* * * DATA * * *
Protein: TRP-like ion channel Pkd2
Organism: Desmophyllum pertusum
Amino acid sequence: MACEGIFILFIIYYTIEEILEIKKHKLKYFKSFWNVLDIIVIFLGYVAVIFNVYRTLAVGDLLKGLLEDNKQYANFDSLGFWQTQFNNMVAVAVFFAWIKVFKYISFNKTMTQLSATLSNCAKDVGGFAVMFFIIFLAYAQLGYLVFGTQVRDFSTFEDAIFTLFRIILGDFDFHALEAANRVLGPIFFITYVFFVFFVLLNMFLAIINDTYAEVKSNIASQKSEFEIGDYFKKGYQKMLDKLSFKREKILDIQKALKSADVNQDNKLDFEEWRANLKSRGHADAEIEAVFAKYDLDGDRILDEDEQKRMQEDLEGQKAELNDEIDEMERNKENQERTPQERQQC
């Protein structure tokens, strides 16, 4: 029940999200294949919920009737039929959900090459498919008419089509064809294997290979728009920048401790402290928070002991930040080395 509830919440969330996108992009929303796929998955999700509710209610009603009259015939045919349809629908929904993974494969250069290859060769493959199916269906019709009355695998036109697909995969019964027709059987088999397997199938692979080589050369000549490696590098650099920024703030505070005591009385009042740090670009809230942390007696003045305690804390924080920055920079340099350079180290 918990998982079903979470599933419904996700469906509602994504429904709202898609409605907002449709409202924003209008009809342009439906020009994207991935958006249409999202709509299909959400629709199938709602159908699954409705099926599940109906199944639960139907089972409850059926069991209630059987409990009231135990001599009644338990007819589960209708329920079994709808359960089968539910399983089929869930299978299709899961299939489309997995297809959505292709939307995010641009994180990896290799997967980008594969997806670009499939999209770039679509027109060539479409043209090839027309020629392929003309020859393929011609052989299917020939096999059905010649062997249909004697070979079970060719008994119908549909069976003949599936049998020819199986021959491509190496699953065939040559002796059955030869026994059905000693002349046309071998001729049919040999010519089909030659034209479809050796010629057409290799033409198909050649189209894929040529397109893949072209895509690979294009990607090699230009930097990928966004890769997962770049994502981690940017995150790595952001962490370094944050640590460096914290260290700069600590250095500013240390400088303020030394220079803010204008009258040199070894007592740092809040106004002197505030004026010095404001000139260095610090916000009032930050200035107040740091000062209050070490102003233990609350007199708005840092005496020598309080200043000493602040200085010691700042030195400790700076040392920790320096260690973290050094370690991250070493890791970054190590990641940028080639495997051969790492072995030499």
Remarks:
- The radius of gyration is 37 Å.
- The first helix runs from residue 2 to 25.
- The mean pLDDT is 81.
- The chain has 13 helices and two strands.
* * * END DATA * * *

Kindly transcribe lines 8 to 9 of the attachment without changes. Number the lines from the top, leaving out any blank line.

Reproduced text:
- The mean pLDDT is 81.
- The chain has 13 helices and two strands.